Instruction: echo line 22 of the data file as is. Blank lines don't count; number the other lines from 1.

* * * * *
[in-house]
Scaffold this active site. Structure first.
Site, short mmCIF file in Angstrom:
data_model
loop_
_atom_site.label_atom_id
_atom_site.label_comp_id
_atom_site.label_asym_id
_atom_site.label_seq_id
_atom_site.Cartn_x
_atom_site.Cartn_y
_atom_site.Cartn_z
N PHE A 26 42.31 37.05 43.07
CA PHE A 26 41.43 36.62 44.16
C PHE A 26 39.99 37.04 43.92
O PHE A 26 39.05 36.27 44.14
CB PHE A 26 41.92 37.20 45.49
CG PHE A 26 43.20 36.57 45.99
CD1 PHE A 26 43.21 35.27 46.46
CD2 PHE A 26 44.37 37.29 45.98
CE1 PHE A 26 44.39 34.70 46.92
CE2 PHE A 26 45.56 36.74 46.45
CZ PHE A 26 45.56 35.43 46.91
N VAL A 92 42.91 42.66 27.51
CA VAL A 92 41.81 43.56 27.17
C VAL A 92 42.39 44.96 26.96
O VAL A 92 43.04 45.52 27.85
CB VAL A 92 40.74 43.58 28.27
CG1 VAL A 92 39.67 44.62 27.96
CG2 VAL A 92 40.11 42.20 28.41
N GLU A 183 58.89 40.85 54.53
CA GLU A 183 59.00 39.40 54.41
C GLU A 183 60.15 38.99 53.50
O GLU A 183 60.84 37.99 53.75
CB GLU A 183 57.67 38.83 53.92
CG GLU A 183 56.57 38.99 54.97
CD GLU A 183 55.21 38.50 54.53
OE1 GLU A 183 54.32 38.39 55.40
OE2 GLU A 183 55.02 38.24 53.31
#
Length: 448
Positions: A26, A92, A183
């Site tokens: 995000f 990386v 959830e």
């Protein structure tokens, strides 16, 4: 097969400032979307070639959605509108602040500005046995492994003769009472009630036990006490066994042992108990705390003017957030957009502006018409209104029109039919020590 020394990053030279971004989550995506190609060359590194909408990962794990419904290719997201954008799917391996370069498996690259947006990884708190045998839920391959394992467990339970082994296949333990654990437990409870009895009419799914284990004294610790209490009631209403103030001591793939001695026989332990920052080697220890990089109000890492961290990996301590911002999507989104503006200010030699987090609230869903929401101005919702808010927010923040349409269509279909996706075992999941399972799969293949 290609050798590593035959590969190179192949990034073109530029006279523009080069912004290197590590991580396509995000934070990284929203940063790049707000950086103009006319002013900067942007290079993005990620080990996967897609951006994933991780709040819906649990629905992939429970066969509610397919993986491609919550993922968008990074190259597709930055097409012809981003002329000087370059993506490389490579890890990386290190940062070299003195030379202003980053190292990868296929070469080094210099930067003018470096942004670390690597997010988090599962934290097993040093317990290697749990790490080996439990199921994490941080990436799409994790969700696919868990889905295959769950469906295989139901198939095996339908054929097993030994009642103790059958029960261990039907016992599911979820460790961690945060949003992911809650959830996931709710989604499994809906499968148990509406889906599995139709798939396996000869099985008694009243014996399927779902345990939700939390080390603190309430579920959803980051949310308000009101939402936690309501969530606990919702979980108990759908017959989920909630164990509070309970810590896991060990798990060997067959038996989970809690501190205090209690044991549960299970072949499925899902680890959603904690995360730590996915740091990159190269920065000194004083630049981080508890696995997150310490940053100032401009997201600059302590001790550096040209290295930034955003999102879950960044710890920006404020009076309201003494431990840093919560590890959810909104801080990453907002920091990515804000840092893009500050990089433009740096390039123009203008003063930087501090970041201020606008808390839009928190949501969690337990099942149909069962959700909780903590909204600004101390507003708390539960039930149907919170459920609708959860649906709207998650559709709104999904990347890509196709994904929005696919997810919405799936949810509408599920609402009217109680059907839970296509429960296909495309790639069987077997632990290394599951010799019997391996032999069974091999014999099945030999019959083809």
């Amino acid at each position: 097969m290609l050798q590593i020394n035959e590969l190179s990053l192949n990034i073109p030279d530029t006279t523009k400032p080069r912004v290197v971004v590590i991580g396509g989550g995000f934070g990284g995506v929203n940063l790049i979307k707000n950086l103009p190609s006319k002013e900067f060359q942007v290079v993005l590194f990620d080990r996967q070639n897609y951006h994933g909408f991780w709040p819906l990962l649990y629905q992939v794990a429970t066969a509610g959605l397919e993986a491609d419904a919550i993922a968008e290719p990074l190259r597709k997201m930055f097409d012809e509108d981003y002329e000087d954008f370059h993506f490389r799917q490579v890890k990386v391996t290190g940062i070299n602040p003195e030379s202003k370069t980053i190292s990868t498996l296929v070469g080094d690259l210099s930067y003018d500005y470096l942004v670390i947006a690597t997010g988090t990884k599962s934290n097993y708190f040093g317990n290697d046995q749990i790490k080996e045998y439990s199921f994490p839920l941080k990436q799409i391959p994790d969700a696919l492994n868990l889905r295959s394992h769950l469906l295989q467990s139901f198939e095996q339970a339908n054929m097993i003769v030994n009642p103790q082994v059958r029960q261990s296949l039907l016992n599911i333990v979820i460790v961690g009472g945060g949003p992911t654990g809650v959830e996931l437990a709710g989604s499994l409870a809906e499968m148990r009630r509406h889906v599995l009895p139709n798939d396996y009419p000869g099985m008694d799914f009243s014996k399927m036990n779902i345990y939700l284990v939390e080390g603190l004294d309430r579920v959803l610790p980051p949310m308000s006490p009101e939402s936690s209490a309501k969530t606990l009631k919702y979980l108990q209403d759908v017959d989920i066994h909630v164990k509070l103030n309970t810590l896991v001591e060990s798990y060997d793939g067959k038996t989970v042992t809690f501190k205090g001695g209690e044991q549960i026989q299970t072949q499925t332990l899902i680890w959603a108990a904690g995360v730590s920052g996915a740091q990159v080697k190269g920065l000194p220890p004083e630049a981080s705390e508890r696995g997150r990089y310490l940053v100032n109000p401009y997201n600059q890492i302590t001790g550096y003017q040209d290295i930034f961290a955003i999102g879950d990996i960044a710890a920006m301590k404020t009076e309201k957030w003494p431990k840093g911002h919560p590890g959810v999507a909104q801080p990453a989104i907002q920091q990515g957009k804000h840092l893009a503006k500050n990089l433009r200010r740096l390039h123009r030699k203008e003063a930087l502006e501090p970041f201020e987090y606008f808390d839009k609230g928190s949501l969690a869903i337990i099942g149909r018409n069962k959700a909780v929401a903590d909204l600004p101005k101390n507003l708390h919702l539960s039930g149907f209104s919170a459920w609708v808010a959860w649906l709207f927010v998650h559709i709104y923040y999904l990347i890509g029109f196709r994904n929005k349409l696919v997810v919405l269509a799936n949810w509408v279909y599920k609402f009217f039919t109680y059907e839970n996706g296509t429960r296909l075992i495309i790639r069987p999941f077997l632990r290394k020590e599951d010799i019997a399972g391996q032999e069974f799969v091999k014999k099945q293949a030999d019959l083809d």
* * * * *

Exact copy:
CE2 PHE A 26 45.56 36.74 46.45